It is a sign of how penetrating book of analysis is that it expands your understanding of matters beyond what the author consider directly in their book. I found that very much to be the case in Prof. Yoram Barzel’s Economic Analysis of Property Rights, which I reviewed in my previous post. So I consider below some applications of his analysis that occurred to me but did not figure in his book.
Consider Barzel’s notion that humans-as-maximisers is perfectly reasonable provided one takes in all applying constraints. Simple concepts of humans-as-maximisers analyse behaviour as if every decision will be fully considered on every occasion—that is, cognition and information are costless. But they are not. Thinking takes time and effort, as does gathering information. So, given such constraints, genuine maximisers will use habits and routines, saving on time and effort.
Moreover, the benefits of cognition depend on one’s capacity to do so. So, the less able one is at thinking, the more one will tend to rely on habits and routines and, in particular, the more one will tend to rely on “piggy-backing” on other folk’s decisions. (Hence John Stuart Mill’s observation that stupid people tend to be conservative: Walter Bagehot famously characterised British politics as the battle between the stupid party and the silly party.) There are all sorts of complexities here, however. Those less able at cognition are still going to tend to be much better informed about their own situation than someone else is. As the saying goes, a stupid man can put on his own trousers better than a wise man can do it for him.
The nature of the matter being considered is also important. Thus, the effects of of a belief for the believer will generally be much more subject to feedback to the believer than will the effects of implementing said belief on others. So beliefs that operate as status-markers will have much stronger feedback in terms of their status effect than in terms of their implications for other folk. Hence, dramatically increasing the number of folk who traffic in ideas (e.g. expanding higher education) but who are insulated from the consequences of their ideas for others (e.g. by having tenure, by working in tax-paid institutions) will tend to lower the quality of the ideas being trafficked in (in terms of wider social consequences) but, via feedback effects, increase their role as status-markers.
Expressing a belief is a form of transaction. Barzel makes much of the characteristics of the transaction as being crucial to understanding how folk will behave. So, for example, as wages rise, workers will tend to move towards self-employment since they will be more able to cope with income variability (p.151).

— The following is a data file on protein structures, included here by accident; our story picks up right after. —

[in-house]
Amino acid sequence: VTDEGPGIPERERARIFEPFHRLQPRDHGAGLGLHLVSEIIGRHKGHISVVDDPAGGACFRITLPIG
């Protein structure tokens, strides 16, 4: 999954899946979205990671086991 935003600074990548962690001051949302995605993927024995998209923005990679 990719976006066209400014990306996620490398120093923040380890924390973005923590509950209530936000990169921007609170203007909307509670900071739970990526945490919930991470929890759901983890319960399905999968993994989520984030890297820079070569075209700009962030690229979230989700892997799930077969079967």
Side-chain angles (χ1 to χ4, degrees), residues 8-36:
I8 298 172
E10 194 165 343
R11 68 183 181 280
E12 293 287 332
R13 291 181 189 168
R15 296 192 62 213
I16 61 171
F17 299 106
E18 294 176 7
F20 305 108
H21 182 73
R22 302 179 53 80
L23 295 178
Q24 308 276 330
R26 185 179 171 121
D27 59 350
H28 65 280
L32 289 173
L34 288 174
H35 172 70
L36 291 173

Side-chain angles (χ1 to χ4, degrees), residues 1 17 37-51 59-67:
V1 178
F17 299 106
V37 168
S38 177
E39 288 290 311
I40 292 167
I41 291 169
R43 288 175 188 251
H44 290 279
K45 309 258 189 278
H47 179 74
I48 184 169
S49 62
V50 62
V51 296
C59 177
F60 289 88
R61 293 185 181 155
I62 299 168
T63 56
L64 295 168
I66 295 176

Consider union officials (not an example Barzel uses). Union officials act as negotiation and risk management agents for workers. Union officials will prefer labour remuneration to be centralised (i.e. channelled through mechanisms they deal with) and complex (divided up into lots of allowances, benefits, etc, particularly deferred and contingent benefits). Complexity increases the union officials' importance to workers as managers of complexity and provide specific measures of their performance (in terms of identified allowances gained) while contingency (e.g. sick leave) and deferral (e.g. firm-specific superannuation) encourage workers to stay "in place".
Workers, however, will generally tend to prefer remuneration to be direct (less time-constraining), simple (easy for them to understand and manage directly) and flexible (so they can shift along various margins, such as hours of work, as convenient for them). So, the larger the aggregation of workers in similar situations (e.g. in manufacturing, construction, public service, etc), thereby having fewer coordination problems, the more unionised they are likely to be.
Thus—unless there are countervailing pressures—as the possibilities of employment diversity increase (particularly true for service industries) and wages (or, at least, household incomes) increase generally, workers will have less tolerance for the gap between their interests and those of union officials, whose utility as negotiation and risk management agents will decline. So unionisation will tend to decline (i.e. fewer workers with transact with union officials as their agents) and will do so more in the private sector than in the public sector.